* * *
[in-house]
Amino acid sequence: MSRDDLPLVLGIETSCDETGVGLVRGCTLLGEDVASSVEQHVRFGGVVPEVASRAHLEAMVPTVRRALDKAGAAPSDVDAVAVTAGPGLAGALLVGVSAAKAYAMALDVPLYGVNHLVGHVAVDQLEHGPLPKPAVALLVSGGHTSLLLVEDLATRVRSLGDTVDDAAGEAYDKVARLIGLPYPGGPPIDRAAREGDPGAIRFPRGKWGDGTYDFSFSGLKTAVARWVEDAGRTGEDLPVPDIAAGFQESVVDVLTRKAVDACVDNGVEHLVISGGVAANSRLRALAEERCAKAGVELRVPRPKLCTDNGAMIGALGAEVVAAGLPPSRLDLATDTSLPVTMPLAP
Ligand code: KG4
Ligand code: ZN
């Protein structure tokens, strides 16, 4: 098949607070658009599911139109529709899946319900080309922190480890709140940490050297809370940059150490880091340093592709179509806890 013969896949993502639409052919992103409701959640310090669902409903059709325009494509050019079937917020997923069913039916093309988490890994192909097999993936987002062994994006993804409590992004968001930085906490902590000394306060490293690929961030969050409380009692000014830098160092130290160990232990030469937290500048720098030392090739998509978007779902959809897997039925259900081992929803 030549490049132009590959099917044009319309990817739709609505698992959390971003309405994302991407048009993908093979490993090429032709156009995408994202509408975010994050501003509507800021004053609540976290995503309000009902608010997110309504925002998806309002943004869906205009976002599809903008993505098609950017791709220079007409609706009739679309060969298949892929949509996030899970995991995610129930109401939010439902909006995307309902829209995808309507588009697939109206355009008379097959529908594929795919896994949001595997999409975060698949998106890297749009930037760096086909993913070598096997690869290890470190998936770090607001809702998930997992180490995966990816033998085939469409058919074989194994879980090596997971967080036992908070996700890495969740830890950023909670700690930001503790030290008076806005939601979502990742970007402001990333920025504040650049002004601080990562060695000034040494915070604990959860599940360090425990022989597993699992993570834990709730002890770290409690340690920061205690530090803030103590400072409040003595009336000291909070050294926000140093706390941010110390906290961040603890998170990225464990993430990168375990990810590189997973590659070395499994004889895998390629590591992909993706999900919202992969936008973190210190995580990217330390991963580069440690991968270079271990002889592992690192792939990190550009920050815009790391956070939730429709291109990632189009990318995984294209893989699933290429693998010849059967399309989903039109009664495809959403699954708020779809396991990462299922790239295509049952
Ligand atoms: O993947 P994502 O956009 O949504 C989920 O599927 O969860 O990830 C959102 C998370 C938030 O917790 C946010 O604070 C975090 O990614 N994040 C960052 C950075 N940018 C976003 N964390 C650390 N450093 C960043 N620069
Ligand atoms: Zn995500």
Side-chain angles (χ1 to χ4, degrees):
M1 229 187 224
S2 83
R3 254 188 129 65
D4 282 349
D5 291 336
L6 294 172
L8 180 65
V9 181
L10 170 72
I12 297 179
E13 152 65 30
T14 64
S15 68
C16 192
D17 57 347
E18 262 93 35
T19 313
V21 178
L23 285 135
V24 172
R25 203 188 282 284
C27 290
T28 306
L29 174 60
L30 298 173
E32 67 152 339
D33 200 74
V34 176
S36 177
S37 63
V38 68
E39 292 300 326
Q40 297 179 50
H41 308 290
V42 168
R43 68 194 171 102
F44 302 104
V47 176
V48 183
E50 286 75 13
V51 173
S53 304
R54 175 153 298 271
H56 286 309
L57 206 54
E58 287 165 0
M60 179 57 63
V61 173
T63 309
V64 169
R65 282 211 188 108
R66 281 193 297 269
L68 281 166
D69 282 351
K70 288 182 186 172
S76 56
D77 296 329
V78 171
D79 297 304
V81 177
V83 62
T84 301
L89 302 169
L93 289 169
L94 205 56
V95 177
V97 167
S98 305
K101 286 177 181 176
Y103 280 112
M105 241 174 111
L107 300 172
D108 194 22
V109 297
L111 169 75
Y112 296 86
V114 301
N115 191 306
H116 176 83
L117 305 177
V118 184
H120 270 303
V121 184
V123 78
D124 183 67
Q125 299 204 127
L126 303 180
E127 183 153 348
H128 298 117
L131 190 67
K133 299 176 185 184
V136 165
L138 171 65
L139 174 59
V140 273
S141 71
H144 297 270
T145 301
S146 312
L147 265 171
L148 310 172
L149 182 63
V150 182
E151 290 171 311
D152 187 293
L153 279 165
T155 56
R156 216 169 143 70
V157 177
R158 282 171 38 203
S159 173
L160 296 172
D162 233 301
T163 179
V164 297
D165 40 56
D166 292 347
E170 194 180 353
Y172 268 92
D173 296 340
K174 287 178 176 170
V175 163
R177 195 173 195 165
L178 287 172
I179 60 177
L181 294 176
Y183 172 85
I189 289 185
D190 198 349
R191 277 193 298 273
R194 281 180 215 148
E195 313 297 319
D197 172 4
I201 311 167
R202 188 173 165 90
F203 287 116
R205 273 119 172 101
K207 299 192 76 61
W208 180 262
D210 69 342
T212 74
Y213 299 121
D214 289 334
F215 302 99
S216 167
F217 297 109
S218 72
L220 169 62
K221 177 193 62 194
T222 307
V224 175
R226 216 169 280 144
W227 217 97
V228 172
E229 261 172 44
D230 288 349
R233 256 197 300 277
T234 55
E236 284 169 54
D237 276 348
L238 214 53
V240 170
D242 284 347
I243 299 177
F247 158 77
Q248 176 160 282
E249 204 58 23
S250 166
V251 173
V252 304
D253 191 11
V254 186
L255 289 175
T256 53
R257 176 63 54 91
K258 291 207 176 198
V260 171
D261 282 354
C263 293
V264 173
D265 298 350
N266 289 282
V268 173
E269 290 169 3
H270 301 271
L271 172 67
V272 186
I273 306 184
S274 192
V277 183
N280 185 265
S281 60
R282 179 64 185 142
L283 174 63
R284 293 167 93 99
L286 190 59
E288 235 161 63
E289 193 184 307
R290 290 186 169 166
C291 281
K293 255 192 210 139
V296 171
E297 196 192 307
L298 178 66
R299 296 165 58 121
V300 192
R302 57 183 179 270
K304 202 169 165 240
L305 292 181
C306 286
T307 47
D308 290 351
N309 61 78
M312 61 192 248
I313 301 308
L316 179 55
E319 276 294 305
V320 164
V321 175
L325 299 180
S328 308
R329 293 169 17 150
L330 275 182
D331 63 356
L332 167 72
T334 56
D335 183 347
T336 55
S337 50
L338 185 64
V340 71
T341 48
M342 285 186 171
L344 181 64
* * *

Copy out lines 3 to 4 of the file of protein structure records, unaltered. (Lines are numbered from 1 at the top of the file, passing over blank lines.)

Ligand code: KG4
Ligand code: ZN